CHELSEA, QUEBEC — A man driving down the road discovered a baby deer that had been hit by a vehicle; immobilized yet showing no visible wounds. As he and his family attempted to assist it, they were stopped by a police officer, who not only adamantly refused to allow them to take it to a veterinarian, but threatened them with arrest, shot the fawn, and impounded their vehicle.
On Monday, September 9, Greg Searle drove down Route 105 near their home in Chelsea, Quebec, when he discovered a “freshly hit” deer fawn. Searle said he carried it to the shoulder of the road, calmed it down, and examined it for injuries. It had some scratches but did not have visible wounds, and would or could not use its back legs. Searle wanted to get the deer checked out to see if it had internal injuries. It was obvious to him that the deer was not going to die anytime soon. He requested his family join him at the scene, which they soon did. Searle and the female driver who hit the deer made phone calls to locate a shelter or an agency who would examine and possibly care for the fawn.
That’s when, Searl says, Officer Roy showed up, and immediately began insisting it was his job to shoot the deer. Searle and his family debated with him that the deer may not be dying, and offered to voluntarily take the deer to get treated. Their pleas fell on deaf ears. The officer was insistent that he kill the deer immediately, even though they had located a vet who would look at the deer.
“You need to move aside so I can end its suffering,” the officer told the group. Searle describes the situation in a post made on facebook:
Officer Roy wouldn’t have any of it, and at this point he moved over the deer and asked us to back away. Samantha stood over the baby deer and told him he was making the wrong decision. “Even if it’s your job to end it’s suffering”, she said, “you have the discretion to give us some time to try to find someone qualified to help it first. I worked as a civilian with the police for two years, and did plenty of ride-alongs, and I know other cops who wouldn’t rush this.”
Officer Roy disagreed, and then said he was going to have to arrest Samantha. “If you don’t move, you will end up with a criminal record”, he threatened. He repeated the threat several times. They argued like this for a few minutes, getting more and more agitated, and my daughter (who had been petting the fawn in an attempt to calm it) became very frightened and threw her arms around my legs. I asked the officer to calm down, but he wasn’t interested in talking any more. He called in for backup and told Samantha that it was her final warning.
Samantha took Ashiah to the car and drove off crying, so our little girl didn’t have to see the animal die. The officer stood over the fawn, which was no longer panting and was sitting quietly at the edge of the road looking into the woods – maybe for it mother. I took the picture above of Officer Roy shooting the baby deer. I’ve had to put animals out of their misery in the past, too, but I must admit that I couldn’t understand the officer’s haste and inflexibility.
As I passed back by the scene in my pickup a few minutes later, Officer Roy got back into his cruiser and followed me onto the country road we live on and pulled me over. He informed me that he’d observed that the license plate had expired the previous day. “My dad just gave me this truck”, I explained. “I didn’t know that the plates were expired, but I’ll get new ones right away. Just let me park it in my laneway, a few hundred meters down a private road, and I will go to the SAAQ in a different car and sort it out.” The officer instead confiscated the keys and impounded the vehicle. “You don’t have to do this”, I said. “The sticker only expired yesterday!” “Yes, I do”, the officer insisted. “ I can’t trust that you won’t drive this vehicle away as soon as I leave.” My neighbor, who runs one of the region’s largest towing companies, even offered to tow the car to my laneway. But the officer insisted that the pickup must be impounded (where it still sits at the time that I write this).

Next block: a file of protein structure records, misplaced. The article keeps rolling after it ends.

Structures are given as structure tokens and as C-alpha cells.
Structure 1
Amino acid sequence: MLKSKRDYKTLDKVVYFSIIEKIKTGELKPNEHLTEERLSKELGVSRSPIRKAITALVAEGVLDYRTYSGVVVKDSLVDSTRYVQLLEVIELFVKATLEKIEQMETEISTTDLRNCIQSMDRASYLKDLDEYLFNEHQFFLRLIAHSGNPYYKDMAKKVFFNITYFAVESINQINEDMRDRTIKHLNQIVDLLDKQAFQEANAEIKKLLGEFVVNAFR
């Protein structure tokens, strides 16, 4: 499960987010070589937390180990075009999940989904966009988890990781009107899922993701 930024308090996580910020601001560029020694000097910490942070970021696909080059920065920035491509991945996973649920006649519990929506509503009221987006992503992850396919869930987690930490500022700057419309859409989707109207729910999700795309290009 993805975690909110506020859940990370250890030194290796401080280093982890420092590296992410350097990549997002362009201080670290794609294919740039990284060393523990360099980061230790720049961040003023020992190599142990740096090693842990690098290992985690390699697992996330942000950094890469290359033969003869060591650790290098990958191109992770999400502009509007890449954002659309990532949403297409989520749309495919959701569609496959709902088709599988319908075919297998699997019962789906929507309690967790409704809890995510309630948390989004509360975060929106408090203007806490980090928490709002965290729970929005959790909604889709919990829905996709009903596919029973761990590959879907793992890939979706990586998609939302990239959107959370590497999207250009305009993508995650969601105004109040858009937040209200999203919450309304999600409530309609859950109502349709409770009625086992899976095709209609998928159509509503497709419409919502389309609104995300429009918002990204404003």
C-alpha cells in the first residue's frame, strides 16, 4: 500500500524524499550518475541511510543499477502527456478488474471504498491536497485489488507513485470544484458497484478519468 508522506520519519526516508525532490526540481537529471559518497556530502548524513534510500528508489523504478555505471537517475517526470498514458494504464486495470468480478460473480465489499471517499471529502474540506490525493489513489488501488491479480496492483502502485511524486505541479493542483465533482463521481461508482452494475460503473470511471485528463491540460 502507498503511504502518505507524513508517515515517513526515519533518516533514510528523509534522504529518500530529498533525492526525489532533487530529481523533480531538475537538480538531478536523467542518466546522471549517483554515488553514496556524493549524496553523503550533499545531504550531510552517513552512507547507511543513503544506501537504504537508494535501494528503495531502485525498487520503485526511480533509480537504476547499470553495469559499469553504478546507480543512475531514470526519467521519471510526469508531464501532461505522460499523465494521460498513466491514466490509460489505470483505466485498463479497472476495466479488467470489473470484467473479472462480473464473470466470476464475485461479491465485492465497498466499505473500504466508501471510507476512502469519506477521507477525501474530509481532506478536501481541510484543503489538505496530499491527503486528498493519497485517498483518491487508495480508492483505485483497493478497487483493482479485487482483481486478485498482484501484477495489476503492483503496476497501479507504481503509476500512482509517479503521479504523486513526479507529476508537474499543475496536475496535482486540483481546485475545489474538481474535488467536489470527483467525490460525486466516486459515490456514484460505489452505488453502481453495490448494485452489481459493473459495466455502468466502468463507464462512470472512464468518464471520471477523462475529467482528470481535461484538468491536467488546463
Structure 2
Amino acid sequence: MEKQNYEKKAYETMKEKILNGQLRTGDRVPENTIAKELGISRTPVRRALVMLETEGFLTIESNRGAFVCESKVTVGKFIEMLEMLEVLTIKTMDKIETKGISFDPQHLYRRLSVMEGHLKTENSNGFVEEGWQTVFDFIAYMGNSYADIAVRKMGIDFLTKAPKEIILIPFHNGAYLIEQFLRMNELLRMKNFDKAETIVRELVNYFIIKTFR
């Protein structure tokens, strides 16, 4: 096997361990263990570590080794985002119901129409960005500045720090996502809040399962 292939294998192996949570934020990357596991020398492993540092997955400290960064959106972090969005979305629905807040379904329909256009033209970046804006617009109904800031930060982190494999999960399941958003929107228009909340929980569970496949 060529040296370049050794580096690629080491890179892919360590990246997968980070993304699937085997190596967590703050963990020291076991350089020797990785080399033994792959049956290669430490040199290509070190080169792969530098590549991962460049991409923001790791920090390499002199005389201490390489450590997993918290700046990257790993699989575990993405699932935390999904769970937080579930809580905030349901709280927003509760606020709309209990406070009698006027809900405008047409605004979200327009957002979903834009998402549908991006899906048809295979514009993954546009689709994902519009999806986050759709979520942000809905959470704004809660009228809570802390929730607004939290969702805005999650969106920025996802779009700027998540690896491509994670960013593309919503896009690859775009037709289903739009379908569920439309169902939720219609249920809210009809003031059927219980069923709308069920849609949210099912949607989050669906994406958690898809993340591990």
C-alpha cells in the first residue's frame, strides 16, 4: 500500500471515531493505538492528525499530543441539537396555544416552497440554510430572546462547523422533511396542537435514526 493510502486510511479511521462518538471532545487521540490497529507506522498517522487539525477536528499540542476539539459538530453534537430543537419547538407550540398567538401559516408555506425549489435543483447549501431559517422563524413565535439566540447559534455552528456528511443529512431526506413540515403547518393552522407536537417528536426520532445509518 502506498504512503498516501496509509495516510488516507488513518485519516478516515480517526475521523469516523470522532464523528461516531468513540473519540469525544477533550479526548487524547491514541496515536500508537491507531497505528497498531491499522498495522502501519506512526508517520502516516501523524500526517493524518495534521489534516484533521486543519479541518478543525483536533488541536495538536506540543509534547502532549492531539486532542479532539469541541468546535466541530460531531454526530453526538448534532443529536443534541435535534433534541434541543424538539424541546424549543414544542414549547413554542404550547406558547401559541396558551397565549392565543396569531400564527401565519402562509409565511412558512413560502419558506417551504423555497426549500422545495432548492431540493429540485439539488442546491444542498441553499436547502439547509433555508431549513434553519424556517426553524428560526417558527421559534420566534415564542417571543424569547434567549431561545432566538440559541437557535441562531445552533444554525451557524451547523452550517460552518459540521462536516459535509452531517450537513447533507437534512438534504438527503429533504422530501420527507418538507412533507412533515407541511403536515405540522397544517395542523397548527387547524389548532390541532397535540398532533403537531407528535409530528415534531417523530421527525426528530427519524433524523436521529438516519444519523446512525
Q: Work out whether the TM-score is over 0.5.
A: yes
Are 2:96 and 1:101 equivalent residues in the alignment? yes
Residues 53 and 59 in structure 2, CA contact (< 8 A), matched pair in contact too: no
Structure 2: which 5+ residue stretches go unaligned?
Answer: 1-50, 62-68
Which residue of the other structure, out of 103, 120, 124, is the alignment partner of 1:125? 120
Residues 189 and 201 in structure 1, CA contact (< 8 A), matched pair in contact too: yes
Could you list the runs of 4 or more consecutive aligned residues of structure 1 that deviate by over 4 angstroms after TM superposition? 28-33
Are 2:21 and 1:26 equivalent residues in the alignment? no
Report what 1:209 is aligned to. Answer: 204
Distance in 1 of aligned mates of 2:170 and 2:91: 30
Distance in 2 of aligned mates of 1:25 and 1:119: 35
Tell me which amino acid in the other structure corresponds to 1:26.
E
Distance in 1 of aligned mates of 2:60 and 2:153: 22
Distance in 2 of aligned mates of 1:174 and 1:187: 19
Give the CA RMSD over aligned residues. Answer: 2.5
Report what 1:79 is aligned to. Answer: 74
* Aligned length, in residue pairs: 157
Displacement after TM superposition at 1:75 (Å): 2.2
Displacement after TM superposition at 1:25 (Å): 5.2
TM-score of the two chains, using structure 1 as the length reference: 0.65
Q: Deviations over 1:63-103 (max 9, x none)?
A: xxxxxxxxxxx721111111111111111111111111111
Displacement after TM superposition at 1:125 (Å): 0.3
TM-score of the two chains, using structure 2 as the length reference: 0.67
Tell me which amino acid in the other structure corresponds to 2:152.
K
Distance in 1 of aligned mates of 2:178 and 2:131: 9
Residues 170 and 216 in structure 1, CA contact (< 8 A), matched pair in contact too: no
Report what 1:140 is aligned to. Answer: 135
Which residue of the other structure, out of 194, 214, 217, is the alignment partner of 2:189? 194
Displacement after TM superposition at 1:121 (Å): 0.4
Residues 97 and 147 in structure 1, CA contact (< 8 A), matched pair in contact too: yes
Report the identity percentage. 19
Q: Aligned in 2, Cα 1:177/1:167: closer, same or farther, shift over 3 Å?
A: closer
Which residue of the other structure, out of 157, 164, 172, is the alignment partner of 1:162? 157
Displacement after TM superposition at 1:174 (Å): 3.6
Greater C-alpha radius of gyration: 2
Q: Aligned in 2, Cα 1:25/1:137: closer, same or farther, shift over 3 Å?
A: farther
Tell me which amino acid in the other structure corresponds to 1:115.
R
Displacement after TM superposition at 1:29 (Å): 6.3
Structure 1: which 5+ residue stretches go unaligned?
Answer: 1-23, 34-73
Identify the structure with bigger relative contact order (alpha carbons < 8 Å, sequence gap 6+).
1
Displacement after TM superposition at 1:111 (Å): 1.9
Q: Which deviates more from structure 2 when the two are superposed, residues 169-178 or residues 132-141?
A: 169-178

“I couldn’t help but feel that Officer Roy was punishing my little family for standing up to him over the life of a hurt little deer,” wrote Searle, questioning why the officer was so fervent about killing the deer, disregarding his chance to build a relationship with members of the community.
This case illustrates the enforcer mentality, in which police officers intently use the maximum amount of authority possible in a given situation, regardless if it makes sense, helps anyone, or pleases the community. Despite a viable alternative solution, with volunteers to fulfill it, Officer Roy had to exert his authority and kill the deer, just because he could. Then he further exemplified his enforcer attitude by citing the man for a 1-day expired sticker, punitively impounding his vehicle. These sorts of situations leave permanent scar on the community members involved, causing anger, distrust, and a resentment. Searle says that his 6-year-old daughter Ashiah told him she would not call the police, even if she needed help.
Greg Searle created a petition aimed at the Quebec police, requesting a reform to the treatment of injured animals and the people attempting to help them. He points out a recent story from Camden, New Jersey, in which an officer went out of his way to help a fawn with an injured leg, as an example of model policing. While it is clearly not prudent to save every deer’s life, in this case there was an obvious, viable alternative: simply let the family do their good deed and leave them alone. Whether it is Canada or the United States, the enforcer mentality knows no nationality.
Sign Searle’s petition here: Improve police protocol for handling injured wildlife & citizens assisting